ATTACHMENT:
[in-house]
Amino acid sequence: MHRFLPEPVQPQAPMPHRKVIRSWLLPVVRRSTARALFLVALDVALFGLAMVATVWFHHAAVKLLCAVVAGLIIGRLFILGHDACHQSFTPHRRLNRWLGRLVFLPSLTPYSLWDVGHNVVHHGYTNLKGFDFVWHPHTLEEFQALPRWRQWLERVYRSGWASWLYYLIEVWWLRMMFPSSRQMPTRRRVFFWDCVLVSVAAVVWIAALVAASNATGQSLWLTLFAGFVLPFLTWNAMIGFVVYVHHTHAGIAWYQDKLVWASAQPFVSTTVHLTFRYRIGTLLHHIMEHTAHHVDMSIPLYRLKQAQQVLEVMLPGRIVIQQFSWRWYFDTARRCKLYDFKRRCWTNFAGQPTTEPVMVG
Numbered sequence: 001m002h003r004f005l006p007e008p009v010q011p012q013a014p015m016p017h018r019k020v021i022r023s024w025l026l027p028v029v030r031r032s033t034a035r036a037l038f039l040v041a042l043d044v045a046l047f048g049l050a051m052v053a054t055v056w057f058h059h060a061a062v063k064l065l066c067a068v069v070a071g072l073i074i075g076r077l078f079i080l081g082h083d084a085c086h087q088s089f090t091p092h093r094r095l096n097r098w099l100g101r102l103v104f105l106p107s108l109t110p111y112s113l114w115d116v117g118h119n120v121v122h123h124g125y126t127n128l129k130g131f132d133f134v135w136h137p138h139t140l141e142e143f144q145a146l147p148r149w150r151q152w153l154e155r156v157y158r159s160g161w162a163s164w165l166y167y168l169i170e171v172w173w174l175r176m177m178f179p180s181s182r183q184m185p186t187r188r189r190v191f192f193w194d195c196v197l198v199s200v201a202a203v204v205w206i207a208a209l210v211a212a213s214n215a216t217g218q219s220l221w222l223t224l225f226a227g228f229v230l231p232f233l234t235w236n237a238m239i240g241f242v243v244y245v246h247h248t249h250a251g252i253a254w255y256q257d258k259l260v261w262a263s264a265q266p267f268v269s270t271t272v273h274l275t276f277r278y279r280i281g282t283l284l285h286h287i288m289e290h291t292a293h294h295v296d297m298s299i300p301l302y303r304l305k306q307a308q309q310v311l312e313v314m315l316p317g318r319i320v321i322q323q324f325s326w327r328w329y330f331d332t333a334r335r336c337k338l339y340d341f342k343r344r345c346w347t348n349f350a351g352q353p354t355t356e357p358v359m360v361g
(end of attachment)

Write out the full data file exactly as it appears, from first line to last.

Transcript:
[in-house]
Amino acid sequence: MHRFLPEPVQPQAPMPHRKVIRSWLLPVVRRSTARALFLVALDVALFGLAMVATVWFHHAAVKLLCAVVAGLIIGRLFILGHDACHQSFTPHRRLNRWLGRLVFLPSLTPYSLWDVGHNVVHHGYTNLKGFDFVWHPHTLEEFQALPRWRQWLERVYRSGWASWLYYLIEVWWLRMMFPSSRQMPTRRRVFFWDCVLVSVAAVVWIAALVAASNATGQSLWLTLFAGFVLPFLTWNAMIGFVVYVHHTHAGIAWYQDKLVWASAQPFVSTTVHLTFRYRIGTLLHHIMEHTAHHVDMSIPLYRLKQAQQVLEVMLPGRIVIQQFSWRWYFDTARRCKLYDFKRRCWTNFAGQPTTEPVMVG
Numbered sequence: 001m002h003r004f005l006p007e008p009v010q011p012q013a014p015m016p017h018r019k020v021i022r023s024w025l026l027p028v029v030r031r032s033t034a035r036a037l038f039l040v041a042l043d044v045a046l047f048g049l050a051m052v053a054t055v056w057f058h059h060a061a062v063k064l065l066c067a068v069v070a071g072l073i074i075g076r077l078f079i080l081g082h083d084a085c086h087q088s089f090t091p092h093r094r095l096n097r098w099l100g101r102l103v104f105l106p107s108l109t110p111y112s113l114w115d116v117g118h119n120v121v122h123h124g125y126t127n128l129k130g131f132d133f134v135w136h137p138h139t140l141e142e143f144q145a146l147p148r149w150r151q152w153l154e155r156v157y158r159s160g161w162a163s164w165l166y167y168l169i170e171v172w173w174l175r176m177m178f179p180s181s182r183q184m185p186t187r188r189r190v191f192f193w194d195c196v197l198v199s200v201a202a203v204v205w206i207a208a209l210v211a212a213s214n215a216t217g218q219s220l221w222l223t224l225f226a227g228f229v230l231p232f233l234t235w236n237a238m239i240g241f242v243v244y245v246h247h248t249h250a251g252i253a254w255y256q257d258k259l260v261w262a263s264a265q266p267f268v269s270t271t272v273h274l275t276f277r278y279r280i281g282t283l284l285h286h287i288m289e290h291t292a293h294h295v296d297m298s299i300p301l302y303r304l305k306q307a308q309q310v311l312e313v314m315l316p317g318r319i320v321i322q323q324f325s326w327r328w329y330f331d332t333a334r335r336c337k338l339y340d341f342k343r344r345c346w347t348n349f350a351g352q353p354t355t356e357p358v359m360v361g